Thursday, June 10, 2010

Marketing with Shakespeare's Biography

“Master Will Shakespeare.” Dir. Jacques Tourneur. Perf. Carey Wilson and Anthony Kemble-Cooper. 1936. Romeo and Juliet. Dir. George Cukor. Perf. Norma Shearer, Leslie howard, Basil Rathbone, and Andy Devine. 1936. DVD. Warner Video, 2007.

MGM had another ax to grind in its biographical short on the life of William Shakespeare. This time, it's not based on myths—instead, it's based on marketing.

In the clip below, we learn what Shakespeare's favorite play was:
Romeo and Juliet. We even get to hear him deliver a speech from MGM's most recent Shakespeare production!

Eyes, look your last!
Arms, take your last embrace! And, lips, O you
The doors of breath, seal with a righteous kiss
A dateless bargain to engrossing death!
Come, bitter conduct, come, unsavoury guide!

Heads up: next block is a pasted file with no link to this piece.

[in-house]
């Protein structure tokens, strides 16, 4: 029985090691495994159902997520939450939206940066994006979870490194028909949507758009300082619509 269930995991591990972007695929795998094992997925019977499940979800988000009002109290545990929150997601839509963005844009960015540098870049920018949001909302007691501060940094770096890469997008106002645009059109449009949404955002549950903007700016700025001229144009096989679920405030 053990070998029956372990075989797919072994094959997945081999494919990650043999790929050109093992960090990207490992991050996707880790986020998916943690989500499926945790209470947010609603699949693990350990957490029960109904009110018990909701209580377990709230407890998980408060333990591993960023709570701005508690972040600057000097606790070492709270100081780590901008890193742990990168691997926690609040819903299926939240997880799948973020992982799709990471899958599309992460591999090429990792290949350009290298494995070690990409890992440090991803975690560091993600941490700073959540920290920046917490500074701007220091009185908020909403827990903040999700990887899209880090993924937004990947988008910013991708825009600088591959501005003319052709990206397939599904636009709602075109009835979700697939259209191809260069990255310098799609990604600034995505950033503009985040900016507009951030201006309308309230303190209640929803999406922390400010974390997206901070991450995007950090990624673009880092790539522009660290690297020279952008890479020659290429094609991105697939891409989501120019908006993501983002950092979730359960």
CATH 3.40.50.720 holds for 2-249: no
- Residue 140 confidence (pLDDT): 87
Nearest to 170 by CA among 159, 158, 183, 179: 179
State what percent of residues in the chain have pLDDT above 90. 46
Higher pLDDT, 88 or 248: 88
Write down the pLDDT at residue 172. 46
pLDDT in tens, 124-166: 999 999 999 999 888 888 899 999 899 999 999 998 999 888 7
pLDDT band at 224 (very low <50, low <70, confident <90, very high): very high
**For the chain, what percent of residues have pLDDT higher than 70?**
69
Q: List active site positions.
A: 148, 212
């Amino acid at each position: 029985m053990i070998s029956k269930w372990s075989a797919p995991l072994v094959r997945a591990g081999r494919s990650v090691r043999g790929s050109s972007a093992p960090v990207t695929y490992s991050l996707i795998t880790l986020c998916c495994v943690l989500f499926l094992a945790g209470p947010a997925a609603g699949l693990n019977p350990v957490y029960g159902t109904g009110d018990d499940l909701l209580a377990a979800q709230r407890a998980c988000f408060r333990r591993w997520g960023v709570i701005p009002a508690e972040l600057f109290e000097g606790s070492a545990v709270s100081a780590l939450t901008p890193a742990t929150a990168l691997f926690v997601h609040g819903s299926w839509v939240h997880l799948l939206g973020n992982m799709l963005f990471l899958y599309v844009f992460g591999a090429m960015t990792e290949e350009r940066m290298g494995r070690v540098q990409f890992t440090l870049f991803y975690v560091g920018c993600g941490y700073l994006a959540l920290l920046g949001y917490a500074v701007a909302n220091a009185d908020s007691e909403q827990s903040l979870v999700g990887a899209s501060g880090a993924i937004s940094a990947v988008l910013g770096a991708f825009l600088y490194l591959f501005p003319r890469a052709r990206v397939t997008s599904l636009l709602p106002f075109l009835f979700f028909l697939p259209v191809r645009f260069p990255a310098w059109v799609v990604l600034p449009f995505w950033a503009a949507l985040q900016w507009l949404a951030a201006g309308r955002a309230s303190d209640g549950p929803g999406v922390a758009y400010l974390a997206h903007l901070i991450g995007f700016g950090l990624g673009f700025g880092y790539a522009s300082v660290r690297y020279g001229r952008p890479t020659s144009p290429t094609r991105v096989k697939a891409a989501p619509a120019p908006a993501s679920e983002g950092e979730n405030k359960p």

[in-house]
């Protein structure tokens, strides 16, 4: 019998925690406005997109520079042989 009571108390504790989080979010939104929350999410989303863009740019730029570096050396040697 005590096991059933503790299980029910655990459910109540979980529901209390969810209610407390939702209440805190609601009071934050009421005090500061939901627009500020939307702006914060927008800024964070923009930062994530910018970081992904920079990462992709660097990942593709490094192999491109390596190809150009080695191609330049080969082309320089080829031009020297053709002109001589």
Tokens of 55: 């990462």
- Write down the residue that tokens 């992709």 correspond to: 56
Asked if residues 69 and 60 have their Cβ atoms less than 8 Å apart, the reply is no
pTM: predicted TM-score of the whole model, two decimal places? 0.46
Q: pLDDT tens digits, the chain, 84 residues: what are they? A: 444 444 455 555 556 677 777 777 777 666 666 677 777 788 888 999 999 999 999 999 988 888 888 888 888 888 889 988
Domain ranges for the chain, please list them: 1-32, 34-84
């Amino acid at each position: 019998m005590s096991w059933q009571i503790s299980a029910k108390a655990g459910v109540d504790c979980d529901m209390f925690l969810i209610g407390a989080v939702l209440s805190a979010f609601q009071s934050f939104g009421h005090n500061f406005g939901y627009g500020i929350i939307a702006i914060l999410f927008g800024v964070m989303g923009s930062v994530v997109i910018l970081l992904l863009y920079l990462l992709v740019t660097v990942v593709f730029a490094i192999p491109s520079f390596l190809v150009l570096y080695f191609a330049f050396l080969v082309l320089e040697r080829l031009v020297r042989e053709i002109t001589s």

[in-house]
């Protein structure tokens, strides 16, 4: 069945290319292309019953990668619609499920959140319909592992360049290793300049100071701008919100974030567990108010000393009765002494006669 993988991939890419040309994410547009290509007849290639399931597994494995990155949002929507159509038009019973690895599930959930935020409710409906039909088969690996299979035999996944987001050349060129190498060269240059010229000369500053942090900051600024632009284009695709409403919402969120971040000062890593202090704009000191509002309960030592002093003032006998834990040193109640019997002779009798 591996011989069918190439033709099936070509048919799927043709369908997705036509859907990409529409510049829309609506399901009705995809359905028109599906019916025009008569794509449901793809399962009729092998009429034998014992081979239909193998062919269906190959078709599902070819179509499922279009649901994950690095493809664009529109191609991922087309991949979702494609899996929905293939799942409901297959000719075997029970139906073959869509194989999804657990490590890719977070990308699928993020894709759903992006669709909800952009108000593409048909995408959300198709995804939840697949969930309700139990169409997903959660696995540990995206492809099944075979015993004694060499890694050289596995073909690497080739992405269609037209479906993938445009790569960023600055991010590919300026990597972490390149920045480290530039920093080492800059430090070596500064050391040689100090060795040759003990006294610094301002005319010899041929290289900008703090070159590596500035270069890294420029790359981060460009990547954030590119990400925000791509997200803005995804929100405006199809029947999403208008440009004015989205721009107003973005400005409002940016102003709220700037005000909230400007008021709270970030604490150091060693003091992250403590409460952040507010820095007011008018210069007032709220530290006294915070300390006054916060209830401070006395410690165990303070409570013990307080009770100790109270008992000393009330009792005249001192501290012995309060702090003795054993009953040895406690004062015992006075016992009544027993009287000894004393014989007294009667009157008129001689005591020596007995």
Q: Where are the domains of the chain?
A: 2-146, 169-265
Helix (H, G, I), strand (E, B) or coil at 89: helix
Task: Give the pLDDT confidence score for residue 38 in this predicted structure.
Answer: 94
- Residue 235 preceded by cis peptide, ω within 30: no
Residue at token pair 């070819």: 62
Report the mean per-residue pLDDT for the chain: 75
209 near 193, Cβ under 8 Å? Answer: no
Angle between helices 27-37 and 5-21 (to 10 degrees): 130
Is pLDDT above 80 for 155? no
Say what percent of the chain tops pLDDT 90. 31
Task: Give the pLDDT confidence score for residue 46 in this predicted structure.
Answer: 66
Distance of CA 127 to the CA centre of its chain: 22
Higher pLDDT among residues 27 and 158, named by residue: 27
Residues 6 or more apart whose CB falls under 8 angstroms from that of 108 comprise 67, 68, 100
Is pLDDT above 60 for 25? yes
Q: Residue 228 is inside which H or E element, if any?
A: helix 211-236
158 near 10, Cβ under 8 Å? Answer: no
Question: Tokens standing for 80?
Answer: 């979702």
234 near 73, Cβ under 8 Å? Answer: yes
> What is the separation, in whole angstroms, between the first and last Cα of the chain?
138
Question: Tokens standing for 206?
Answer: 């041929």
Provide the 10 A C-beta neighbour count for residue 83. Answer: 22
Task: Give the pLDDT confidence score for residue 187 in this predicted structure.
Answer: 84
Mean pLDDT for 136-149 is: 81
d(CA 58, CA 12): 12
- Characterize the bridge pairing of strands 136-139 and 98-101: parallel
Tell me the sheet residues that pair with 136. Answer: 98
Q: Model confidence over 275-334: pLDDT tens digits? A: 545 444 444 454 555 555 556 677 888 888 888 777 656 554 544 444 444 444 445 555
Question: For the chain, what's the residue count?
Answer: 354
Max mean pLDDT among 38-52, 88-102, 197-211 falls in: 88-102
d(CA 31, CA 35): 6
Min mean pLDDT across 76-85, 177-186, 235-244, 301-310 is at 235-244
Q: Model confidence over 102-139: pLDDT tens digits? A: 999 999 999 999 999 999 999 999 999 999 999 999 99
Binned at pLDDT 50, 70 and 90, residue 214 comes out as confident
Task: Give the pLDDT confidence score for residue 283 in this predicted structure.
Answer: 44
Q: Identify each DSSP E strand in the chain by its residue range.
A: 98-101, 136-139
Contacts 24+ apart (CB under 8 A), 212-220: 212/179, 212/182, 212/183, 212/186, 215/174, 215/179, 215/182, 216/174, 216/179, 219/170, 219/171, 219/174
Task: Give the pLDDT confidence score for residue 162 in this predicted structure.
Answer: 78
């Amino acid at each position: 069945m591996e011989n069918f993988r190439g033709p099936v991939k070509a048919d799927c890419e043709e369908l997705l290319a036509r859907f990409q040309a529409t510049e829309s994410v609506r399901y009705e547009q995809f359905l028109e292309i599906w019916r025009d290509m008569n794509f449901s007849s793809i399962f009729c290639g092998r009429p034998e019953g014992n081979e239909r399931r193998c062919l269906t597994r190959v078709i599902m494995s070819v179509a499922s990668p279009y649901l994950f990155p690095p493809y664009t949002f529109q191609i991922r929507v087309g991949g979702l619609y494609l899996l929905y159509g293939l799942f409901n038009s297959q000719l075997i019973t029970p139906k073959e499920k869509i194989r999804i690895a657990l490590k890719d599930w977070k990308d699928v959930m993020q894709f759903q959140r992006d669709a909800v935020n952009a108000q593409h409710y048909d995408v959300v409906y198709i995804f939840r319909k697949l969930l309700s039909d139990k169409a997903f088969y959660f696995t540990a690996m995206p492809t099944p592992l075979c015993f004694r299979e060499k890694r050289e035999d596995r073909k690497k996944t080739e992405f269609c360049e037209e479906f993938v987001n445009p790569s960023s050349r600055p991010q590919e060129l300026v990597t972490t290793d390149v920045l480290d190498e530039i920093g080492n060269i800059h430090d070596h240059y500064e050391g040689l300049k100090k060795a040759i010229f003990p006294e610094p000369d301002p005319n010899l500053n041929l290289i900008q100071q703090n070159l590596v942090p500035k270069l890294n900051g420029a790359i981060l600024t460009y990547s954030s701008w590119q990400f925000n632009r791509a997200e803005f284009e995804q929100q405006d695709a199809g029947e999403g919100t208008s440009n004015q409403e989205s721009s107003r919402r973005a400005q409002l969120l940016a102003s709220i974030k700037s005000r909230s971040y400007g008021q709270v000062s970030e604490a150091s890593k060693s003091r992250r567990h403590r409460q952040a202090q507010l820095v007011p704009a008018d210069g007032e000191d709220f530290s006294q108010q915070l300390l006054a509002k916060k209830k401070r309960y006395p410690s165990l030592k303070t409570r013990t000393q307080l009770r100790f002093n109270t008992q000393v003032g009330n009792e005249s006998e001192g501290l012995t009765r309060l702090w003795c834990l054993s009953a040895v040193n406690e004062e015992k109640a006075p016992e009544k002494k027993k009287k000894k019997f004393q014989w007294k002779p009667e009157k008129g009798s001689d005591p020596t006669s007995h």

Thou desperate pilot, now at once run on
The dashing rocks thy sea-sick weary bark!
Here's to my love! (Romeo and Juliet, V.iii.112-19)
The clip concludes with a bit more Elizabethan theatre baiting—they were so unrealistic! [I assume they mean that Elizabethan stage practices look unrealistic to 1930s American film culture. And I can only imagine that the Elizabethans would be saying the same about the 1930s in America!]

Links: The film at IMDB.

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Bardfilm is normally written as one word, though it can also be found under a search for "Bard Film Blog." Bardfilm is a Shakespeare blog (admittedly, one of many Shakespeare blogs), and it is dedicated to commentary on films (Shakespeare movies, The Shakespeare Movie, Shakespeare on television, Shakespeare at the cinema), plays, and other matter related to Shakespeare (allusions to Shakespeare in pop culture, quotes from Shakespeare in popular culture, quotations that come from Shakespeare, et cetera).

Unless otherwise indicated, quotations from Shakespeare's works are from the following edition:
Shakespeare, William. The Riverside Shakespeare. 2nd ed. Gen. ed. G. Blakemore Evans. Boston: Houghton Mifflin, 1997.
All material original to this blog is copyrighted: Copyright 2008-2039 (and into perpetuity thereafter) by Keith Jones.

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